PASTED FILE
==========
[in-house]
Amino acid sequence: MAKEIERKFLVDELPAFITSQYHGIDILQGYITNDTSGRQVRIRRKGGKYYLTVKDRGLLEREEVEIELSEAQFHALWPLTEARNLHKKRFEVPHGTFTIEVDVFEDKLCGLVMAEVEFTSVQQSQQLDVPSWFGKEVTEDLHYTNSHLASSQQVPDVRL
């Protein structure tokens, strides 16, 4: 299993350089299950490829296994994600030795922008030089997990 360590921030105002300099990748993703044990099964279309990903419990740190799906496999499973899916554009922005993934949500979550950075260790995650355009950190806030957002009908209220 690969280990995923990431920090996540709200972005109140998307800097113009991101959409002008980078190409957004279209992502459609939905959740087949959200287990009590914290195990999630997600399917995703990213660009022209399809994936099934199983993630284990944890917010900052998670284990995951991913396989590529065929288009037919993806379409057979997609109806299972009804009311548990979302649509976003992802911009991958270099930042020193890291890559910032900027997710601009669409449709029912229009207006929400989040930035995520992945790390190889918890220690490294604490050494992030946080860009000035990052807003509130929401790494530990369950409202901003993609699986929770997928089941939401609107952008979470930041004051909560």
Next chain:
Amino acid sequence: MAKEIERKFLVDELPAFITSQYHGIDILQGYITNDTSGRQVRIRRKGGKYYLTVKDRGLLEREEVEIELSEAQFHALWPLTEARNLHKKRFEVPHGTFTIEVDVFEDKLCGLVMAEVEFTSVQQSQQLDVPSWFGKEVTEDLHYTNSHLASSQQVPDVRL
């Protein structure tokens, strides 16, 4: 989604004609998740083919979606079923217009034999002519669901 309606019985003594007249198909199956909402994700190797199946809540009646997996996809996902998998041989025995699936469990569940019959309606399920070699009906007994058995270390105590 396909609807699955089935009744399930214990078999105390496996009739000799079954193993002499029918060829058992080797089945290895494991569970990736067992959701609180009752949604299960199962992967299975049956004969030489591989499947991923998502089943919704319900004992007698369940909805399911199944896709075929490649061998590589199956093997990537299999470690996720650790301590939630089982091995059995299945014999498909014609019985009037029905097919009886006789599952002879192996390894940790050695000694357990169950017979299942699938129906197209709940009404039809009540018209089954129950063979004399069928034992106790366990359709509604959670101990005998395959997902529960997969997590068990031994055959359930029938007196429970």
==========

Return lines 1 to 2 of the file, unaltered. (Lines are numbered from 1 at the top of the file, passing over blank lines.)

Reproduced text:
[in-house]
Amino acid sequence: MAKEIERKFLVDELPAFITSQYHGIDILQGYITNDTSGRQVRIRRKGGKYYLTVKDRGLLEREEVEIELSEAQFHALWPLTEARNLHKKRFEVPHGTFTIEVDVFEDKLCGLVMAEVEFTSVQQSQQLDVPSWFGKEVTEDLHYTNSHLASSQQVPDVRL